RAH: And it’s interesting, you have a perspective where, when you play in all these different bands, there are different goals. Glows in the Dark and Fight the Big Bull etc., there is a distinct sound, vs. a No BS! Brass.
RP: I think that was a part of the amazing moment, or boom, that happened around 2006-2007 that you are describing, in which we were all friends, and everyone was willing to go headfirst into whatever the leader’s vision was for the project. There was way less ego.
So like, Glows in the Dark — this music is about movies, and it is in this genre, and we all played in what the vision was. As opposed to, “Alright, it’s my time to shine!” [trumpet noises] [laughs] and be something that isn’t a part of the vibe, you know what I mean? Fight The Big Bull, too. We are all doing good music. No BS! Brass, it’s like: this is a very different genre. We are all moving the music space. It has its roots in people moving and dancing, being outside. That is different than a jazz band that sits down, and stuff like that. It’s just a different motivation.
RAH: Does that help you as a composer, having experienced so many different vibes and different ways of portraying music?
RP: Yeah. Being able to put yourself in the shoes of all the stuff we like, because we all like different types of music. Every person does. If everyone’s like, “Oh, I love ‘Don’t Stop Believing,’ and I also love Erykah Badu, and I also love, you know, Nas” — I only said Nas because I am talking to you! [Laughs] All of us love different types of music. But as a musician, it’s easy to end up pigeonholed into one thing that you believe your instrument is supposed to do, or what you get known for doing. I didn’t like that.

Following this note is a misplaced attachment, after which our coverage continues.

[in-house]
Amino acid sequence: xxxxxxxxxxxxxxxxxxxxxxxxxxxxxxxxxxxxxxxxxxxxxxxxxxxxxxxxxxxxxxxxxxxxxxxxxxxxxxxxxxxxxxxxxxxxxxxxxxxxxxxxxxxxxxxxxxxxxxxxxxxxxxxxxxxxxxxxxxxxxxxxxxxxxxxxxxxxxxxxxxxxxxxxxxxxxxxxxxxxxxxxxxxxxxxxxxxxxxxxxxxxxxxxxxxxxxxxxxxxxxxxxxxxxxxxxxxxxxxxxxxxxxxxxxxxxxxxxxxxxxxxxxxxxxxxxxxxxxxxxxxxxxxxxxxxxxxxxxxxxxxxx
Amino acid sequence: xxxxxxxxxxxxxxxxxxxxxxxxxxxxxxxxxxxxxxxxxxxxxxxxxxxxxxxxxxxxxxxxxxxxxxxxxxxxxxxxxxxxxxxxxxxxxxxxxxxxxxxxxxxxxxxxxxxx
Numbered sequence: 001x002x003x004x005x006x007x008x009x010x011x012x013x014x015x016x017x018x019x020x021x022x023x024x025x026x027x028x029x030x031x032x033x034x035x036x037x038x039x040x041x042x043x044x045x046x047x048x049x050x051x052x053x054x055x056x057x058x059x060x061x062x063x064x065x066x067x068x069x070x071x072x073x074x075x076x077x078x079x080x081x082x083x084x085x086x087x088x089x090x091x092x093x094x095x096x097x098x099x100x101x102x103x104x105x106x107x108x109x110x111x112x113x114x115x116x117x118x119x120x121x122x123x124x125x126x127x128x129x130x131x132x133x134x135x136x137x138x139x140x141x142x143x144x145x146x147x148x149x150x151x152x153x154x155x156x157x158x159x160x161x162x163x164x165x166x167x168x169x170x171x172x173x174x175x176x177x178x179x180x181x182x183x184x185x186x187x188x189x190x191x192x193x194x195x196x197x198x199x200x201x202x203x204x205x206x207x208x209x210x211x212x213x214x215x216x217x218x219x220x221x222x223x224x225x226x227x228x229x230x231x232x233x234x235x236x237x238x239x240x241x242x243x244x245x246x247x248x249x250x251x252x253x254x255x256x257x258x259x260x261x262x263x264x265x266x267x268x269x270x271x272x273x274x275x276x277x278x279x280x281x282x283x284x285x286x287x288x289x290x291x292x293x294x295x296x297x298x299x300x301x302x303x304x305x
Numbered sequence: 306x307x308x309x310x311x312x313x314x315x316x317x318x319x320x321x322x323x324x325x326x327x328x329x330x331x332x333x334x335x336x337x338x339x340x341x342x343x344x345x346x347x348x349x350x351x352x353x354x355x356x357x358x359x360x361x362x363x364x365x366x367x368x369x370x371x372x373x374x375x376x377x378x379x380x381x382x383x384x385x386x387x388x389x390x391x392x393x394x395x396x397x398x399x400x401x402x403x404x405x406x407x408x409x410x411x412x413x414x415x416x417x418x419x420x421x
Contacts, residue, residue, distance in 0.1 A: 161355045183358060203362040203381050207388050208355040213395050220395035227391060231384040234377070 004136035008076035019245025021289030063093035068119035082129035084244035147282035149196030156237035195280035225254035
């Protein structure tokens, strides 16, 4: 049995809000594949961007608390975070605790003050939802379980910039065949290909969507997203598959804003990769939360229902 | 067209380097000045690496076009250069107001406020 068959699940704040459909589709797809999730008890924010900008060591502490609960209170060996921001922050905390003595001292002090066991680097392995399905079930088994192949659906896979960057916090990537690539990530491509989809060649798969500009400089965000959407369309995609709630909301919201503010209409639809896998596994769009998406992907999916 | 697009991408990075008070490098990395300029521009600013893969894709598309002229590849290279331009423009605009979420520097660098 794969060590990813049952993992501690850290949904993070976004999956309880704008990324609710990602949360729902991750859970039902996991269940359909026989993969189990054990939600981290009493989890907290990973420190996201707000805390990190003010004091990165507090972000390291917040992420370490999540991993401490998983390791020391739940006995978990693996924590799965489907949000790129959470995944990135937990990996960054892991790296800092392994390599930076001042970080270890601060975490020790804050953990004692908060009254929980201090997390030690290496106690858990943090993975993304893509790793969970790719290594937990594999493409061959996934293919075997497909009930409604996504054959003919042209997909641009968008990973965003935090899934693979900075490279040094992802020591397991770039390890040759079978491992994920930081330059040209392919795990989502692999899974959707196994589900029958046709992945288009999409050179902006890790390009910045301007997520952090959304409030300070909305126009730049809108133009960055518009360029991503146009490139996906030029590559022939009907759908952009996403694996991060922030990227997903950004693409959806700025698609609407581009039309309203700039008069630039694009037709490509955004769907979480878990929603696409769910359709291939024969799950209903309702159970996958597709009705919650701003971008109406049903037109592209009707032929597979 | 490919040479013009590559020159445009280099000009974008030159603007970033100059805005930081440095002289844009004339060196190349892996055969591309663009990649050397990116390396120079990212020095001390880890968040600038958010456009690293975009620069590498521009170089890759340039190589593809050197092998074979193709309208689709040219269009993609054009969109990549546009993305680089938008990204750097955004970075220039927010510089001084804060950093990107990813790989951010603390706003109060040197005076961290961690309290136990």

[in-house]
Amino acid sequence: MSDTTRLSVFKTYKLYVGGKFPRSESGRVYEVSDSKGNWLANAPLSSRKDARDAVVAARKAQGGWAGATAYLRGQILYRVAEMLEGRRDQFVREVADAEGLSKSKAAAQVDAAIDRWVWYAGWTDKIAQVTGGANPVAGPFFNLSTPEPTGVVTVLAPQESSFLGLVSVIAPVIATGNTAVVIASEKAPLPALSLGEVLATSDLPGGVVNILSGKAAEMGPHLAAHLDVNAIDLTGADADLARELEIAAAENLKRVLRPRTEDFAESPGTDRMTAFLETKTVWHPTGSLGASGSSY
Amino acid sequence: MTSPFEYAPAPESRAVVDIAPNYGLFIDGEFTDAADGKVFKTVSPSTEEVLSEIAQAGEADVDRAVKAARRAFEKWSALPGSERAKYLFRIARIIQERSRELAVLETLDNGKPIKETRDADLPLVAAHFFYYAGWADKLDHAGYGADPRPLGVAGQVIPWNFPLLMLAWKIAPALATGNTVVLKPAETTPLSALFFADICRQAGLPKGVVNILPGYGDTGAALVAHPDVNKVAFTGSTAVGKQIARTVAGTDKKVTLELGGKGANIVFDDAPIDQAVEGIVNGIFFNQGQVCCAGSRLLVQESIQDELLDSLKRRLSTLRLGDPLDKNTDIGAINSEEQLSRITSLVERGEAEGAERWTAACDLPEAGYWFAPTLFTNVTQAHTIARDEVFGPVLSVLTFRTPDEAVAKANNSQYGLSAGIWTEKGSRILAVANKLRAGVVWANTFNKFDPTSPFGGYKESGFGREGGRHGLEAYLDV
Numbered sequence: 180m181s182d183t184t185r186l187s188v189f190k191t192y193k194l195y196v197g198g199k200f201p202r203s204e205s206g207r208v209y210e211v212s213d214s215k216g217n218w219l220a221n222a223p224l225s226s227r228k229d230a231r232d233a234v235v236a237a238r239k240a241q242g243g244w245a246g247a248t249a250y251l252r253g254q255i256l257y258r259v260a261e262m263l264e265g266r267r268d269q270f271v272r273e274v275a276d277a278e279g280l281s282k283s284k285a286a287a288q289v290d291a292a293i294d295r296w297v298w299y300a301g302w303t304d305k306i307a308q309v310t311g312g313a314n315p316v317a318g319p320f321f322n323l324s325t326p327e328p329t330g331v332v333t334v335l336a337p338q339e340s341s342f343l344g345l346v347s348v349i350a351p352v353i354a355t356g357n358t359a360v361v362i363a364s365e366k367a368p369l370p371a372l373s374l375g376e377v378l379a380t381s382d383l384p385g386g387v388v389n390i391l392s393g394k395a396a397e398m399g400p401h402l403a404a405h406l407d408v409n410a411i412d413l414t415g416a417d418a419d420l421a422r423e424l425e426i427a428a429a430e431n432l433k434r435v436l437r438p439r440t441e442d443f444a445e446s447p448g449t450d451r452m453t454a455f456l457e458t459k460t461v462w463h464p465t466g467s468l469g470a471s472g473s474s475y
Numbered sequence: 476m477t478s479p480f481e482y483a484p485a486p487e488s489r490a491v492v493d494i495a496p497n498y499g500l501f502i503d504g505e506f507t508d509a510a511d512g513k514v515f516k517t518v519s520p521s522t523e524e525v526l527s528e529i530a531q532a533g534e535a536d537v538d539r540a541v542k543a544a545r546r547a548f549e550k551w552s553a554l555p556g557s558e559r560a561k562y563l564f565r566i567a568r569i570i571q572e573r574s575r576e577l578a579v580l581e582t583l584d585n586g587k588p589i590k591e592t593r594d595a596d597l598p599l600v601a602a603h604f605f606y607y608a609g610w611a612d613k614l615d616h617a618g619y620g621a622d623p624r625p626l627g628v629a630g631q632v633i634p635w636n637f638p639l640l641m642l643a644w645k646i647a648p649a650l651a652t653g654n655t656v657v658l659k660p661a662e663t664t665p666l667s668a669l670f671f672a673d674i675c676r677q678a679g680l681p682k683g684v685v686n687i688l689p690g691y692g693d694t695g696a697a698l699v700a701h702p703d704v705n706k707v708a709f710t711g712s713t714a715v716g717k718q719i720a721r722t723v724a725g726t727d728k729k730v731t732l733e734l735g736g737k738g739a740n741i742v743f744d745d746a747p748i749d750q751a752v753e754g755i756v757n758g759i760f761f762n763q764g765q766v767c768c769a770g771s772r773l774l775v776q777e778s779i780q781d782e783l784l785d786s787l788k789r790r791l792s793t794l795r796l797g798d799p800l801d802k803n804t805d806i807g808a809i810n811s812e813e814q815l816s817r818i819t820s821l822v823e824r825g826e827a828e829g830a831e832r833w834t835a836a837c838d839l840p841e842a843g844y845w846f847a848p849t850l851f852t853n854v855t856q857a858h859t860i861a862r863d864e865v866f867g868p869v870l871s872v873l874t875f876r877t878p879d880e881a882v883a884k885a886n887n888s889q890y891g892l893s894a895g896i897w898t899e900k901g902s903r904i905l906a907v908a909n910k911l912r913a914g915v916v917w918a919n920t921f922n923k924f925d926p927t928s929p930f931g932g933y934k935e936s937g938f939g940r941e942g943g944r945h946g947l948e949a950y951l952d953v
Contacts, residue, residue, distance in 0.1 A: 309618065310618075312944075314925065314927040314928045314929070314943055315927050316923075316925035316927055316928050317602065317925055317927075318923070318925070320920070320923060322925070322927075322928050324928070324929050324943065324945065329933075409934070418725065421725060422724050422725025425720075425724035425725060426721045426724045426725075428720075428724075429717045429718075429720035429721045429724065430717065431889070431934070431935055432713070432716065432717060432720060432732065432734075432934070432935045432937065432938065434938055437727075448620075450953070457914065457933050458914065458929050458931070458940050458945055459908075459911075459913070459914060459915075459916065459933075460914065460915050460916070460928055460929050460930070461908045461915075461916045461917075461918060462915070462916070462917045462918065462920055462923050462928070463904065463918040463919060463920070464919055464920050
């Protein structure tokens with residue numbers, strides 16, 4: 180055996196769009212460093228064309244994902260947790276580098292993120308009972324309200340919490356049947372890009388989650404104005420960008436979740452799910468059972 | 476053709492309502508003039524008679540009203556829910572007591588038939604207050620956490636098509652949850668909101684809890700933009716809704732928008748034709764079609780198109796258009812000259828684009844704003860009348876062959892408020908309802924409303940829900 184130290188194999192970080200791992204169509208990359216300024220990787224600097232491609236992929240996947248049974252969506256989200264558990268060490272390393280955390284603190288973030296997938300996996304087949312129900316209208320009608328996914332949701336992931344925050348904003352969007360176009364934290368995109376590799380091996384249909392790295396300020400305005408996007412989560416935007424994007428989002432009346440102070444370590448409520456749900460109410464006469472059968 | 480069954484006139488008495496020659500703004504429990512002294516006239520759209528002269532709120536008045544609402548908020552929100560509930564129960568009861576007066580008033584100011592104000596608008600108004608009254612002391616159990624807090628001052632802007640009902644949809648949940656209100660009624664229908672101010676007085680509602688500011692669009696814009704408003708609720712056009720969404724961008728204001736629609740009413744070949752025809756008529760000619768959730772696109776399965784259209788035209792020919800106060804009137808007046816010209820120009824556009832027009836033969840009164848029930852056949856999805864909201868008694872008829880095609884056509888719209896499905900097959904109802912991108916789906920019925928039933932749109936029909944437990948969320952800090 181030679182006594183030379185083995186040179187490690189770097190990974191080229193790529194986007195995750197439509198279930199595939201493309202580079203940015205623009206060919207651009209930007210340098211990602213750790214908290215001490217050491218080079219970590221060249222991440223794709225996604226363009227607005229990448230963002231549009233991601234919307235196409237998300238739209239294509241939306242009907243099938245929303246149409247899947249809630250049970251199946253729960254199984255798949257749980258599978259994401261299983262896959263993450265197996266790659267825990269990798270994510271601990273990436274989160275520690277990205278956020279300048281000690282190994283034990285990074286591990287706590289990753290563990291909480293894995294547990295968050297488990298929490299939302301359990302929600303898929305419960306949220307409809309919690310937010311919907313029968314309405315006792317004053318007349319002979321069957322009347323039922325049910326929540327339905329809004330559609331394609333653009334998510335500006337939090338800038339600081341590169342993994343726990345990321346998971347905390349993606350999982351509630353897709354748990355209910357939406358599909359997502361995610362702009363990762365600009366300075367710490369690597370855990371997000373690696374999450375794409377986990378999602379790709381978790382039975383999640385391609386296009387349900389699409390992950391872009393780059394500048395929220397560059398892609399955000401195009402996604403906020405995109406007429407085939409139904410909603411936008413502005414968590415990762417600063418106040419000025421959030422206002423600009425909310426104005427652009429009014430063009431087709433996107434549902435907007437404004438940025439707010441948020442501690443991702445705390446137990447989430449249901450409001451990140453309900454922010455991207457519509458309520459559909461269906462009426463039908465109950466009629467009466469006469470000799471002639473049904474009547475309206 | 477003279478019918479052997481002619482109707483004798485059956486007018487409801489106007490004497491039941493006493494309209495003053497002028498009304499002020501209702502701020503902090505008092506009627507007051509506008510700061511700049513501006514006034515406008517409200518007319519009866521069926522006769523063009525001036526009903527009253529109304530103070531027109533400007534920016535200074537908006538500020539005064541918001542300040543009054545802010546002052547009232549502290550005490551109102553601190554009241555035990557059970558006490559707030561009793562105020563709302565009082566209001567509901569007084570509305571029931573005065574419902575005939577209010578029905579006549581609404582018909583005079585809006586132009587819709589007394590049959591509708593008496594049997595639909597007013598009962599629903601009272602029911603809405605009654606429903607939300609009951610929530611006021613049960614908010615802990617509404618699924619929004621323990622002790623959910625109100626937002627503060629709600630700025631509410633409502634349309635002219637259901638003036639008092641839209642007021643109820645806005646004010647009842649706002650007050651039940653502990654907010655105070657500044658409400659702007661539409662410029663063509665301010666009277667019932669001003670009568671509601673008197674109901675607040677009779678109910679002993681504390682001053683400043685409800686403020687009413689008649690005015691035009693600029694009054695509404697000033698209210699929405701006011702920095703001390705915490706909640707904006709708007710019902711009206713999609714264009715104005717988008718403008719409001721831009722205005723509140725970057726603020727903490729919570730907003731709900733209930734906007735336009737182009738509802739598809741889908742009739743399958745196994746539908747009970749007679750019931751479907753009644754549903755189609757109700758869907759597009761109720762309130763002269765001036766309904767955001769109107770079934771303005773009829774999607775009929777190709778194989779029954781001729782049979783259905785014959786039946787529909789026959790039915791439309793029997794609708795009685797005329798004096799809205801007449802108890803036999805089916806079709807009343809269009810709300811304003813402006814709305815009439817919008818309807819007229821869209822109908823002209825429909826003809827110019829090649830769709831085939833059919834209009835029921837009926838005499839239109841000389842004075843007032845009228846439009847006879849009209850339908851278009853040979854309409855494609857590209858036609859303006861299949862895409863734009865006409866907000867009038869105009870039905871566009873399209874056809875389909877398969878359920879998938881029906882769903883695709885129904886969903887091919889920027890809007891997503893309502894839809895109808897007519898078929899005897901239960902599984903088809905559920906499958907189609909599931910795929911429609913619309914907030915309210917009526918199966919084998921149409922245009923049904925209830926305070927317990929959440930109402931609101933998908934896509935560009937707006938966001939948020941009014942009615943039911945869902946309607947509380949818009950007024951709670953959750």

Playing trombone — in some ways, it is the most restrictive, and in other ways, it’s the most freeing for me, because I get to make my reality however I want. It’s rare that a band is like, “You know what? We need a trombone player!” [laughs] It is not really like that. So I have to bring myself to the table as musician. Bring a vibe to the stage and a lot of different expertise. As a trombone player, there would never be an opportunity to play in a band that just sounded like Journey, or playing in a band that sounded like a hip hop band. You have to create those stakes if you really want to do it as a working musician.
So that was one of my goals. I wanted to play and experience what it was like to be in lots of different bands. In high school, I played in all the bands that would have a horn player in it. I played every Earth, Wind & Fire song, Chicago, No Doubt. The Big Band Renaissance, I played all of it. Fucking Brian Setzer Orchestra and Big Bad Voodoo Daddy, anything you can think of like that! Everybody in my entire life has been sending me clips of, like, “Have you ever heard of Chicago?” That has been happening to me since I was a kid. [Laughs]
So those types of things are prevalent, but doing the things NOT like that is what I was really interested in. And that was one of the main nuggets of inspiration for No BS! Brass. I wanted to have this project that could play any style of music, but with this particular instrumentation that’s never done it. So even when we play covers, we almost never play a cover in which the [original version] is based on horns. Never.